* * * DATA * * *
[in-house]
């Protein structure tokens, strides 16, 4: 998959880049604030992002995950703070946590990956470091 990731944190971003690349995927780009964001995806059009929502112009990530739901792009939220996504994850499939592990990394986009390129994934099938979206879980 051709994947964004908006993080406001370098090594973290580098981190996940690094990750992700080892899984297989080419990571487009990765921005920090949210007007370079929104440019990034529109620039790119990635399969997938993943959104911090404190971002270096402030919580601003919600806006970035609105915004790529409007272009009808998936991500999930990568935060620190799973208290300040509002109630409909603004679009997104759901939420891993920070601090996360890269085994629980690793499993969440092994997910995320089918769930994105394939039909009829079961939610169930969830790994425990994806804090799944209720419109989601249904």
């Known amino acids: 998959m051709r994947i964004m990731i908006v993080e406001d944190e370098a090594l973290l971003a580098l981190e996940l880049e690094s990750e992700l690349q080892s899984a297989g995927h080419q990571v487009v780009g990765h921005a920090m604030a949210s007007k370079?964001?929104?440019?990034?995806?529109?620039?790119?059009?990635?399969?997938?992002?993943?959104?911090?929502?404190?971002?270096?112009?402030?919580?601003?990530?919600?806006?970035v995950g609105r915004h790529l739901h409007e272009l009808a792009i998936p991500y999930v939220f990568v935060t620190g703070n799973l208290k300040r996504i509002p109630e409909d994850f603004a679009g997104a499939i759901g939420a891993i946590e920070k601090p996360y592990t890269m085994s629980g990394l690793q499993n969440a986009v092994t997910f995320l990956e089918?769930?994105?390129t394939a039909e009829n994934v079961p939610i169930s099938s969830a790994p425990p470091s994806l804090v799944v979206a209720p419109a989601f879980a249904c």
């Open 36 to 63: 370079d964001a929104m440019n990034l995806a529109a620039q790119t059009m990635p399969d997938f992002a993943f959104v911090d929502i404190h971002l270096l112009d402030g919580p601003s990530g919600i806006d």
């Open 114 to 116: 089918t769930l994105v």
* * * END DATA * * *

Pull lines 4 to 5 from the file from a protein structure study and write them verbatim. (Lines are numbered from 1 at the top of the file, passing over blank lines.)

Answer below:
């Open 36 to 63: 370079d964001a929104m440019n990034l995806a529109a620039q790119t059009m990635p399969d997938f992002a993943f959104v911090d929502i404190h971002l270096l112009d402030g919580p601003s990530g919600i806006d």
């Open 114 to 116: 089918t769930l994105v």